Progress has been made in establishing these factors as central to any engagement in Africa and international pressure has been used as an instrument to protect these norms. China, however, operates openly without regard to the record of African states on any of these norms and has repeatedly engaged countries that have been shunned by the international community for their corruption, human rights abuses and other poor performance indicators.

The Darfur genocide in Sudan provides one of the clearest examples of the dangerous role China can play in undermining international standards on human rights.

No fewer than , people died during the conflict, and more than two million people were displaced and remain in refugee camps four years after the start of conflict.

However, China used its position on the UN Security Council to block the sanctions in order to protect its extensive trade and investment interests in Sudan. Chinese engagement continued and increased even after other foreign investors and companies exited the country, and China deployed some 4, PLA troops to Southern Sudan to guard an oil pipeline.

Moreover, China has sold weapons to the Sudanese government, despite arms embargos from other nations. In an interview in , he said, "Business is business. We try to separate politics from business. Secondly, I think the internal situation in the Sudan is an internal affair, and we are not in a position to impose upon them.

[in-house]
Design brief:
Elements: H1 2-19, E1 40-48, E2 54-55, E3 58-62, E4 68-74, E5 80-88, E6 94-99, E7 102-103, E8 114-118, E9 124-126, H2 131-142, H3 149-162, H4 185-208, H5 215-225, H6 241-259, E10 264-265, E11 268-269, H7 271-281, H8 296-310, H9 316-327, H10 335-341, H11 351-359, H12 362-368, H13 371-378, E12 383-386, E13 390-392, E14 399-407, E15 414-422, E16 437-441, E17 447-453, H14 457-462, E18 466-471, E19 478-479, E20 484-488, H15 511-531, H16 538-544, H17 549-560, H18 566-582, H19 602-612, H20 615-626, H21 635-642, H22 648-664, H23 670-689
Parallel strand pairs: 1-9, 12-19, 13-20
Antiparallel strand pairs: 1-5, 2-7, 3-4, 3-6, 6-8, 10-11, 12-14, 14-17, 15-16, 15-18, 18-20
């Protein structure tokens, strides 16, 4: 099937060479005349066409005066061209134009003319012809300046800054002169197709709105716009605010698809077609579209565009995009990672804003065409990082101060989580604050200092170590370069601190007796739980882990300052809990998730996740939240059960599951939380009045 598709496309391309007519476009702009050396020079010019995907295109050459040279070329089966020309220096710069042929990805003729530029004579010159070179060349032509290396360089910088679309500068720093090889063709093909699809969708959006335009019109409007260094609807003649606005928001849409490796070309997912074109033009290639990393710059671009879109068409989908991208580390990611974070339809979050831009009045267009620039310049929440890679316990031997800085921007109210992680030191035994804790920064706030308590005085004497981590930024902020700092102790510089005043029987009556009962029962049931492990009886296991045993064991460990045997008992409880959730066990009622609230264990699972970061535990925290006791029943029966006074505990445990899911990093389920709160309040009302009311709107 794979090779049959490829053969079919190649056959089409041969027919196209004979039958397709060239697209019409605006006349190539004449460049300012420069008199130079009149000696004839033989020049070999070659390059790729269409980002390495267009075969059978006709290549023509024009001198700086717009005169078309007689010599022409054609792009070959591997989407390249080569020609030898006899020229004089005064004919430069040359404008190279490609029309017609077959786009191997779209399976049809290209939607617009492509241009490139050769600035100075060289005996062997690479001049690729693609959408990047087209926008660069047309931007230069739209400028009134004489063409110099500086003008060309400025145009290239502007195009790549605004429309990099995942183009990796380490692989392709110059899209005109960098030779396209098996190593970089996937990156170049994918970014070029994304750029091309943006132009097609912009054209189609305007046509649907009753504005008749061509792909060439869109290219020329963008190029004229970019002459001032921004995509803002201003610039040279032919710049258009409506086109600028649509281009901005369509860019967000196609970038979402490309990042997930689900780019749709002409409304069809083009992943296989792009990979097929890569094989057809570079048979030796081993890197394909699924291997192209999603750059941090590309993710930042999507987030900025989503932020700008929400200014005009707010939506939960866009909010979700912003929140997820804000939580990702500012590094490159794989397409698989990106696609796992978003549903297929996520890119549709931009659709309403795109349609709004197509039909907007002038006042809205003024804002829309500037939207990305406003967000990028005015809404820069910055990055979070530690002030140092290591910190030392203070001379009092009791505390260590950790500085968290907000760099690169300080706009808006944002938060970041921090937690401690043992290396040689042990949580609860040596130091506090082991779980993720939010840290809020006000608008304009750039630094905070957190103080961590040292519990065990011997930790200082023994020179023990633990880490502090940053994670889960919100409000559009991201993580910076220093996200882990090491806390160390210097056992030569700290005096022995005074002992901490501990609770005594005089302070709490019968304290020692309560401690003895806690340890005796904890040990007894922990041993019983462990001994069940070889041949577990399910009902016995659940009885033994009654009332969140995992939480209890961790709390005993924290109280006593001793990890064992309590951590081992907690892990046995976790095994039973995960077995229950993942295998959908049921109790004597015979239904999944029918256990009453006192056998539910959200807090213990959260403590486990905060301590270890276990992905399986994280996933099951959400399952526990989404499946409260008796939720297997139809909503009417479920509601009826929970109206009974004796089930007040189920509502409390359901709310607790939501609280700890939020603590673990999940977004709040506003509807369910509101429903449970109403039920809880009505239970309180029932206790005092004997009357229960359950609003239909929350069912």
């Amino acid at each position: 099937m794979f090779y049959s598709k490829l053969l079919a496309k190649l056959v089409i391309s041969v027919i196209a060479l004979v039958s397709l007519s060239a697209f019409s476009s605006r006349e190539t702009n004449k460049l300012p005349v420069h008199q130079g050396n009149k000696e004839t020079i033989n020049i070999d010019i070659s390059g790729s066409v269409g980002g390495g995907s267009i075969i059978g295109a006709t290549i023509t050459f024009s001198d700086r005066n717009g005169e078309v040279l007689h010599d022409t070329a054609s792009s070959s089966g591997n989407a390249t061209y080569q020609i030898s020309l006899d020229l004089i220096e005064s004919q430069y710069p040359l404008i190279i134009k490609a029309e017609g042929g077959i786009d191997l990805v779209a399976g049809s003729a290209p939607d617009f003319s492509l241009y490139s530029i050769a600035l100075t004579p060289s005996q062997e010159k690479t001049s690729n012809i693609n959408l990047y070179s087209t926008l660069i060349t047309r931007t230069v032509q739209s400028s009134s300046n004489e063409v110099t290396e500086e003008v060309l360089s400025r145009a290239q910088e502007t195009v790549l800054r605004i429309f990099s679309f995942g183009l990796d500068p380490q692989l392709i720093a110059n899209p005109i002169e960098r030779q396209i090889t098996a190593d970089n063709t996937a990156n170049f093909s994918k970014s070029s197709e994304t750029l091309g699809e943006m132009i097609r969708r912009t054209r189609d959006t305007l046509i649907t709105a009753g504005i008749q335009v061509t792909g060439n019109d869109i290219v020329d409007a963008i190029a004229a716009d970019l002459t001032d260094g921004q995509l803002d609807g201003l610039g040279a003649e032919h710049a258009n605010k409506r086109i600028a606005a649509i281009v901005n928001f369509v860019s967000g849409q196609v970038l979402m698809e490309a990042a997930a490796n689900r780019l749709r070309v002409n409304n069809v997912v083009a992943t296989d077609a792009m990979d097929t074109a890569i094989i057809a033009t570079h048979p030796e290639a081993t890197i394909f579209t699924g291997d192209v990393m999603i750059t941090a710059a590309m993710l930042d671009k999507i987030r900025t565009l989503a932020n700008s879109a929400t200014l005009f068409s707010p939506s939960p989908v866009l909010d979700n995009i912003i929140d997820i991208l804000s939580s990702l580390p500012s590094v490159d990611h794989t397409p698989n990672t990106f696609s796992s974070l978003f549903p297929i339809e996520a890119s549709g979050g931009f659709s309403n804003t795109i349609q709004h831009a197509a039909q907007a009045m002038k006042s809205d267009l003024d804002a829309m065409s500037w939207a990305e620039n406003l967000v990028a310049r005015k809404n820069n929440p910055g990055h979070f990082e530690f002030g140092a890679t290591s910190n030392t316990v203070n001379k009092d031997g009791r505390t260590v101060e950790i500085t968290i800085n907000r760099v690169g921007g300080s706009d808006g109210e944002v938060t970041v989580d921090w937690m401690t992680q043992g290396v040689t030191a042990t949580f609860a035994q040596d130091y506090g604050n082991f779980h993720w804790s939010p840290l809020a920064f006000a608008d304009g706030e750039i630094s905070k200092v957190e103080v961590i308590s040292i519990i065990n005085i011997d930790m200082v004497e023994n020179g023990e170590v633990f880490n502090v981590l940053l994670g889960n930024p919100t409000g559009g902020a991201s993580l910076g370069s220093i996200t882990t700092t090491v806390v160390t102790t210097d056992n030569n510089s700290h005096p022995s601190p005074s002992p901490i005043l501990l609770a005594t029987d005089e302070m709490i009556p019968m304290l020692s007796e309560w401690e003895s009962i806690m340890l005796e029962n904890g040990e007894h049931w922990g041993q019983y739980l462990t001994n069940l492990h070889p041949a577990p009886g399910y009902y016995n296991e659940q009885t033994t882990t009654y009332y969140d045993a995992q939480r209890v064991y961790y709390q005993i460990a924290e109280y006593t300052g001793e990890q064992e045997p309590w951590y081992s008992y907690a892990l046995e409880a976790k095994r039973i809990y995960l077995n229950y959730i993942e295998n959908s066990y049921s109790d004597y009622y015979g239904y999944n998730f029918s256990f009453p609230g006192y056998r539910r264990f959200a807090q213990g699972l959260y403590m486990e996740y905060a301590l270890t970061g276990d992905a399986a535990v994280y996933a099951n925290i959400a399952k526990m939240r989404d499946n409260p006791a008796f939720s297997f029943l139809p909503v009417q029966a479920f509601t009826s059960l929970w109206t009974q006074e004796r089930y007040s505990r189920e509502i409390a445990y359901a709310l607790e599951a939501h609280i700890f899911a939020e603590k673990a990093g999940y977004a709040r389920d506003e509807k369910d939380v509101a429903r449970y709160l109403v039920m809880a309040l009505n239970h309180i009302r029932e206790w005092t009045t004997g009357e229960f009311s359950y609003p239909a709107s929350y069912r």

Chinese engagement has supplied the government with a continual source of revenue, arms and military equipment, and protection against sanctions and pressure from international bodies. And to the dismay of the international community now active in trying to pressure President Umar Bashir into fully addressing the situation in Darfur, President Hu Jintao has provided disincentives to do so. China also poses a threat to the democratization movement across Africa by supporting corrupt leaders and practices.

An alliance of Chinese state institutions active in Africa and the local elites is sufficiently powerful to reverse political reform that is currently in progress on the continent—effectively putting a brake on the opening of the political space and the democratization of development.

In addition to bolstering the Sudanese government, China is also one of the main actors enabling President Robert Mugabe to continue Zimbabwe down a rapidly deteriorating path, both economically and politically.

China has since become a critical ally for Zimbabwe in the international arena and has shielded Zimbabwe from pressure and direct action from the international community. It has been reported that many trade and investment deals are hidden in a welter of barter arrangements and front companies, reflecting Zimbabwe's inability to pay China with hard currency.

For example, China is widely reported to have taken a share of Zimbabwe's tobacco harvest in exchange for industrial equipment. In its relationship with Zimbabwe, China has not separated business from politics, instead playing the two factors off of each other.